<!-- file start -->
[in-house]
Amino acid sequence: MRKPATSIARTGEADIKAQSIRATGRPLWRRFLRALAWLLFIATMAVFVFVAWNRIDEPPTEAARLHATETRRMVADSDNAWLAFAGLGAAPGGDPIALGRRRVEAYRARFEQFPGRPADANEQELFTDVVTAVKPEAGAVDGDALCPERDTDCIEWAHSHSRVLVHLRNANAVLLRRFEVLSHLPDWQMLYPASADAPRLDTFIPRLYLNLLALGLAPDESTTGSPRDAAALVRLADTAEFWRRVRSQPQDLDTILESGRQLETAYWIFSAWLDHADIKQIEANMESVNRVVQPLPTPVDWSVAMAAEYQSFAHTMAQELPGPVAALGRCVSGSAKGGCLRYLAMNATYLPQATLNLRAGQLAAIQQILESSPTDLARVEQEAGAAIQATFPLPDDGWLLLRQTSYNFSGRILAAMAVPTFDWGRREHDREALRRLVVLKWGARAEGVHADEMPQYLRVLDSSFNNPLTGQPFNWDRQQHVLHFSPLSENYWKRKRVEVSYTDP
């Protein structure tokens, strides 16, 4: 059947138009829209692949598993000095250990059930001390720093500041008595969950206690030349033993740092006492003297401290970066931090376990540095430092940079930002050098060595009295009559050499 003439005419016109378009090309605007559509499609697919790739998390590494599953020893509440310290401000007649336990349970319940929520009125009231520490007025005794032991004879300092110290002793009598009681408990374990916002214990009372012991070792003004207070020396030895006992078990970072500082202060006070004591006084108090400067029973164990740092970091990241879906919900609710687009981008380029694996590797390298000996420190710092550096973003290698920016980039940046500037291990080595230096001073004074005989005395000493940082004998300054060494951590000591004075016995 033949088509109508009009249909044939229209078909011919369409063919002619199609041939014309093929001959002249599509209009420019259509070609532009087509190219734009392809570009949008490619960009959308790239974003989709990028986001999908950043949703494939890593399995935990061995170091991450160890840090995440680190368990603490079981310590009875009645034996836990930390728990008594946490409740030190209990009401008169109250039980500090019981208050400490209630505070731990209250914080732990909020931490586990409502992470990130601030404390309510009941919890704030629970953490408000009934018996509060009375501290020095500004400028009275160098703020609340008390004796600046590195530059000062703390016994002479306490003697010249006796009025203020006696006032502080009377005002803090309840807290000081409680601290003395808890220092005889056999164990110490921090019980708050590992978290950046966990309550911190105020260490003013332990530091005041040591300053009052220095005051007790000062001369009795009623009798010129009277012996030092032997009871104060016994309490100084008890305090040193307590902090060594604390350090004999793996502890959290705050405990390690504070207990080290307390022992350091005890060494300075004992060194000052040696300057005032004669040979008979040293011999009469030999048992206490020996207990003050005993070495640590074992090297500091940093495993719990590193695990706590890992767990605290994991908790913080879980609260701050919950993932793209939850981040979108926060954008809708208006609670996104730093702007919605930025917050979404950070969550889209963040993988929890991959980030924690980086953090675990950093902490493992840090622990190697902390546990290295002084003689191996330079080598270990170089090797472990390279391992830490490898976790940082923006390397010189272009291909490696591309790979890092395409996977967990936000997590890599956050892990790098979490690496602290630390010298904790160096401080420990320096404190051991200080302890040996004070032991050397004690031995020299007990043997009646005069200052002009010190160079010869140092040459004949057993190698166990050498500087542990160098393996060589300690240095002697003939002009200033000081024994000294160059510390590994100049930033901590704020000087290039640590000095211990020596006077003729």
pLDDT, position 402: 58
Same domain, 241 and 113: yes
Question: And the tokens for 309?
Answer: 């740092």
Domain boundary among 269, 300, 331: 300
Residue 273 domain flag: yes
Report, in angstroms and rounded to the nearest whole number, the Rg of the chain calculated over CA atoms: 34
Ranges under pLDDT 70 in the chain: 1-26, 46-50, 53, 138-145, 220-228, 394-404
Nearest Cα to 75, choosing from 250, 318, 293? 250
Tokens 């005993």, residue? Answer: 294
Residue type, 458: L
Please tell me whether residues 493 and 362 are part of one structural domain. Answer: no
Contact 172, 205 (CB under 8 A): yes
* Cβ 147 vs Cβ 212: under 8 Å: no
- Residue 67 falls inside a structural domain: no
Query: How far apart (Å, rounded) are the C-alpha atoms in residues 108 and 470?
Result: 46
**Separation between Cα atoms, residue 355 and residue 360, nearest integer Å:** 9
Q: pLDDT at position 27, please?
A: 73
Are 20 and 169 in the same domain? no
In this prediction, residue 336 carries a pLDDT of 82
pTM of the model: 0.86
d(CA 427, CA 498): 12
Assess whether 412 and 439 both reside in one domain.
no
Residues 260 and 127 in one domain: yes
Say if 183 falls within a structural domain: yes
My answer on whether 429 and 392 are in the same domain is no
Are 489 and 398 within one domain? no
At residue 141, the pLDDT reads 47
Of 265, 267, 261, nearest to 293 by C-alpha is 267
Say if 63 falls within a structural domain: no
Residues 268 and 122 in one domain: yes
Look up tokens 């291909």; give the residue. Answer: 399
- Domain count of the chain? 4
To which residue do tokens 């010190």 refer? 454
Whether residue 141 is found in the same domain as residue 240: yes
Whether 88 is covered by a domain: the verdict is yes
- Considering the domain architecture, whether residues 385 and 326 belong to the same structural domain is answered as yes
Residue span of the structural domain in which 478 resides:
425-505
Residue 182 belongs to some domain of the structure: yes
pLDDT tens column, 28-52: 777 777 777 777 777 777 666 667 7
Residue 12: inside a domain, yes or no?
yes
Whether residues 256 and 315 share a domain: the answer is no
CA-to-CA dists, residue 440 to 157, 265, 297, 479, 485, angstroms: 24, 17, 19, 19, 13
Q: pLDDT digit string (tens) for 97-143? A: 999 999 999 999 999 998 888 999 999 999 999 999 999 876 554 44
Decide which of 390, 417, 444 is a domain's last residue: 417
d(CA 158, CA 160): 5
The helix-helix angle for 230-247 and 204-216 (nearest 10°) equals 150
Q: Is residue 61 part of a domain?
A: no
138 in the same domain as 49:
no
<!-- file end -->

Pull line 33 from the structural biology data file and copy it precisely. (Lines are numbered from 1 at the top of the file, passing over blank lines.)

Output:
Are 489 and 398 within one domain? no